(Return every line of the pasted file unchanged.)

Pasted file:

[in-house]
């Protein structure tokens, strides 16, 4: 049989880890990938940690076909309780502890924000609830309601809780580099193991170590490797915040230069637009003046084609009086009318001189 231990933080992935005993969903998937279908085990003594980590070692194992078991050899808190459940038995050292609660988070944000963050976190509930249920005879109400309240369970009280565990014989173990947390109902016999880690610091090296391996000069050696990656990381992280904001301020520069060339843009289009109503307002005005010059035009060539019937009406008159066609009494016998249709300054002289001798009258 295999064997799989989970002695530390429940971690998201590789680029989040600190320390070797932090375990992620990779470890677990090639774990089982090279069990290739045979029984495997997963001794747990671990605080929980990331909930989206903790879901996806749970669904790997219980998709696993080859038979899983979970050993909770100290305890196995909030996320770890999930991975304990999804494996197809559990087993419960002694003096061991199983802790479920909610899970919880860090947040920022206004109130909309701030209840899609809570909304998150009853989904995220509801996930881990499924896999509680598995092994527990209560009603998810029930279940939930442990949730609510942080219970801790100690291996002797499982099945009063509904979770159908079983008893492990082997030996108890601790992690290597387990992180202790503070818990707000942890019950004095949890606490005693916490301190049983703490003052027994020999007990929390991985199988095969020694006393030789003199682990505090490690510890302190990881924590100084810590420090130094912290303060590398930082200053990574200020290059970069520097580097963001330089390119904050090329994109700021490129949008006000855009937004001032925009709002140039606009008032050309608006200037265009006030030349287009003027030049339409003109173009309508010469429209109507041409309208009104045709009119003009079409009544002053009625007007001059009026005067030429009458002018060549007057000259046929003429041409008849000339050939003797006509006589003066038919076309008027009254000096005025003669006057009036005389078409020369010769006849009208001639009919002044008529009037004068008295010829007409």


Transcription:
[in-house]
């Protein structure tokens, strides 16, 4: 049989880890990938940690076909309780502890924000609830309601809780580099193991170590490797915040230069637009003046084609009086009318001189 231990933080992935005993969903998937279908085990003594980590070692194992078991050899808190459940038995050292609660988070944000963050976190509930249920005879109400309240369970009280565990014989173990947390109902016999880690610091090296391996000069050696990656990381992280904001301020520069060339843009289009109503307002005005010059035009060539019937009406008159066609009494016998249709300054002289001798009258 295999064997799989989970002695530390429940971690998201590789680029989040600190320390070797932090375990992620990779470890677990090639774990089982090279069990290739045979029984495997997963001794747990671990605080929980990331909930989206903790879901996806749970669904790997219980998709696993080859038979899983979970050993909770100290305890196995909030996320770890999930991975304990999804494996197809559990087993419960002694003096061991199983802790479920909610899970919880860090947040920022206004109130909309701030209840899609809570909304998150009853989904995220509801996930881990499924896999509680598995092994527990209560009603998810029930279940939930442990949730609510942080219970801790100690291996002797499982099945009063509904979770159908079983008893492990082997030996108890601790992690290597387990992180202790503070818990707000942890019950004095949890606490005693916490301190049983703490003052027994020999007990929390991985199988095969020694006393030789003199682990505090490690510890302190990881924590100084810590420090130094912290303060590398930082200053990574200020290059970069520097580097963001330089390119904050090329994109700021490129949008006000855009937004001032925009709002140039606009008032050309608006200037265009006030030349287009003027030049339409003109173009309508010469429209109507041409309208009104045709009119003009079409009544002053009625007007001059009026005067030429009458002018060549007057000259046929003429041409008849000339050939003797006509006589003066038919076309008027009254000096005025003669006057009036005389078409020369010769006849009208001639009919002044008529009037004068008295010829007409």